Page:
The Cuyahoga Valley National Park preserves and reclaims the rural landscape along the Cuyahoga River between Akron and Cleveland in Northeast Ohio. The 32,572-acre park is administered by the National Park Service, but within its boundaries are areas independently managed as county parks or as public or private businesses. Cuyahoga Valley differs from the other national parks in America in that it is adjacent to two large urban areas. The park is centered around the Cuyahoga River which became a national icon after a famous fire in 1969 galvanized the environmental movement and helped lead to the establishment of the Environmental Protection Agency. The story of the river is a powerful metaphor for the challenges of reversing environmental damage. The 100-mile river flows both south and north before emptying into Lake Erie at Cleveland, Ohio, a scant 30 miles west of its headwaters. This U-shaped path is due to the river’s geologic history. As melting glaciers retreated from the last ice age, their waters tried to find their way to Lake Erie. They wandered south until they hit a north-south continental divide. At what is now Akron, they turned sharply north and burrowed into an ancient river bed filled with glacial debris. Native Americans called it “Ka-ih-ogh-ha”—crooked. The river was unsuitable for transportation, but its water could be used to create a navigable canal. The Ohio & Erie Canal opened in 1827, bringing rapid industrialization to Northeast Ohio and the river began to be used to transport industrial waste and urban sewage. The Cuyahoga became famous as “the river that burned” after a June 22, 1969 fire that began when a spark from a passing train ignited the debris and the oil floating on the water. The fire became a rallying cry for America to protect its waterways. The river underwent a series of restoration efforts, and has made a comeback, becoming a state scenic river in 1974. Once a source of shame, the Cuyahoga is now an inspiration, demonstrating how people can heal a damaged river. Today people are enjoying the return of nesting bald eagles and other wildlife as well as new recreational opportunities along the Cuyahoga River Water Trail.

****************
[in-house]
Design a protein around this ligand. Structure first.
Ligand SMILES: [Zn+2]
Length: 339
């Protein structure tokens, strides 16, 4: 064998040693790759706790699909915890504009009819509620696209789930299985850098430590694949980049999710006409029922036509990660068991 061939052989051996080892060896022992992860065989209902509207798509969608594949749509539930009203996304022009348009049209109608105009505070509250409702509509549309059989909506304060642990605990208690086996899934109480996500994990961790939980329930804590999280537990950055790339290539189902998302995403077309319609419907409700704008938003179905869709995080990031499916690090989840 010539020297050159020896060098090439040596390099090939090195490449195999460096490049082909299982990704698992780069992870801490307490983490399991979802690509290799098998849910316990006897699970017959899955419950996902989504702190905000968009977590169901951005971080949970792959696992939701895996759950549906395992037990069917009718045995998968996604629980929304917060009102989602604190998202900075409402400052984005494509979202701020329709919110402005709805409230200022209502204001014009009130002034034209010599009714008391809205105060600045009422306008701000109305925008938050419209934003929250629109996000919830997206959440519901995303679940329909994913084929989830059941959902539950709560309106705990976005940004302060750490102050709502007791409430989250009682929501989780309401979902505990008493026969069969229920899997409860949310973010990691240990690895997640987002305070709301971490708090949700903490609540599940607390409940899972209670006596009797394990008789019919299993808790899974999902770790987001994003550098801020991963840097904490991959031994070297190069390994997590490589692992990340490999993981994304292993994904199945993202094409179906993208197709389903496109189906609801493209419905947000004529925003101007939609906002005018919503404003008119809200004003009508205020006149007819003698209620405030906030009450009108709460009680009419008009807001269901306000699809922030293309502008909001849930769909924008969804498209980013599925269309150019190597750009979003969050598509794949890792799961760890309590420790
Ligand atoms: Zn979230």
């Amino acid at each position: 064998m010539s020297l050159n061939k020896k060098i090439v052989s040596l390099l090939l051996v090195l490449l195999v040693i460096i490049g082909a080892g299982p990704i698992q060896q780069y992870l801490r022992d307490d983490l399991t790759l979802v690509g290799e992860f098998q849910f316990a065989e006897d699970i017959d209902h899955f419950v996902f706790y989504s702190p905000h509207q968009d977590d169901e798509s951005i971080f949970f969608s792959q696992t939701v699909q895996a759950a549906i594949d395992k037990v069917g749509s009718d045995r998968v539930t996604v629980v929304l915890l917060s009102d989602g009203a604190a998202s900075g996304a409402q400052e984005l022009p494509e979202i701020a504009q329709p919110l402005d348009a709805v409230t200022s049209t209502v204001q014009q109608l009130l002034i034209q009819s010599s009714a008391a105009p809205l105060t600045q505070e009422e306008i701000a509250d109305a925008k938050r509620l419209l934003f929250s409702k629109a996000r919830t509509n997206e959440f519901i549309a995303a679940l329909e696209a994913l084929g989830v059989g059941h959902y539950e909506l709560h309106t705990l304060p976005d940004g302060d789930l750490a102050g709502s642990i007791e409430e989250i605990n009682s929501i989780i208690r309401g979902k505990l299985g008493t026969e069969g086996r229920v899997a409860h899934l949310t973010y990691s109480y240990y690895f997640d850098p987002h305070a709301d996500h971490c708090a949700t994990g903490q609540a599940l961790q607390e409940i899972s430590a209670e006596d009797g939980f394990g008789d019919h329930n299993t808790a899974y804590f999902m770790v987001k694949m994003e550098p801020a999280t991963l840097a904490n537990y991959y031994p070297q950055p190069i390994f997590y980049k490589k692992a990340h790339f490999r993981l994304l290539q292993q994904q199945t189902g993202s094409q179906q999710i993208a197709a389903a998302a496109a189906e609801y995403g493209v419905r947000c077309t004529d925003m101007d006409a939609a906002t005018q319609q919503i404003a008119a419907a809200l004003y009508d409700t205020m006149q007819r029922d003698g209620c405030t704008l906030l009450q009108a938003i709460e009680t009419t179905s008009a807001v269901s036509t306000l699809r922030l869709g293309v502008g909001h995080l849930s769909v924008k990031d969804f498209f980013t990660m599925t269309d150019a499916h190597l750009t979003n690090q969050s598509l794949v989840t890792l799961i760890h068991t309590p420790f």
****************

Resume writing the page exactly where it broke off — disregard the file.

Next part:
The Allegheny National Forest, in northwestern Pennsylvania, covers 513,175 acres in the heart of Pennsylvania’s oil and gas region. Established in 1923, it is Pennsylvania’s only National Forest. The forest is composed of plateau tops with elevations up to approximately 2,300 feet and valleys down to approximately 1,000 feet above sea level, situated in the foothills of the Appalachian mountains. Famous for its beautiful scenery and expansive natural surroundings, this area is often referred to as “Trail Central,” as there are more than 600 miles of pathways traversing over 500,000 acres available for outdoor activities including hiking, mountain biking, OHV trails, canoeing, guided tours, kayaking, bird watching and more. The Allegheny National Forest was originally home to Native Americans, who lived on the land for centuries. The area’s beauty attracted early European settlers in the 1800s who eventually created a thriving community, and transformed the area into a hub for lumber and agriculture. Over the years, the region was further developed, as tanneries and sawmills became profitable businesses. Later, coal mining emerged as a lucrative industry and mines were created across the region. At that point, the railroad made this part of the state more accessible, though it also resulted in this area of Pennsylvania losing almost all of its natural resources, as trees were cut down and large sections of lands were completely cleared. In 1923, the United States government established the Allegheny National Forest, which fully protected the land and still promotes conservation. Today, it’s one of the most visited destinations in the state, known for its jaw-dropping natural beauty and acres of pristine land.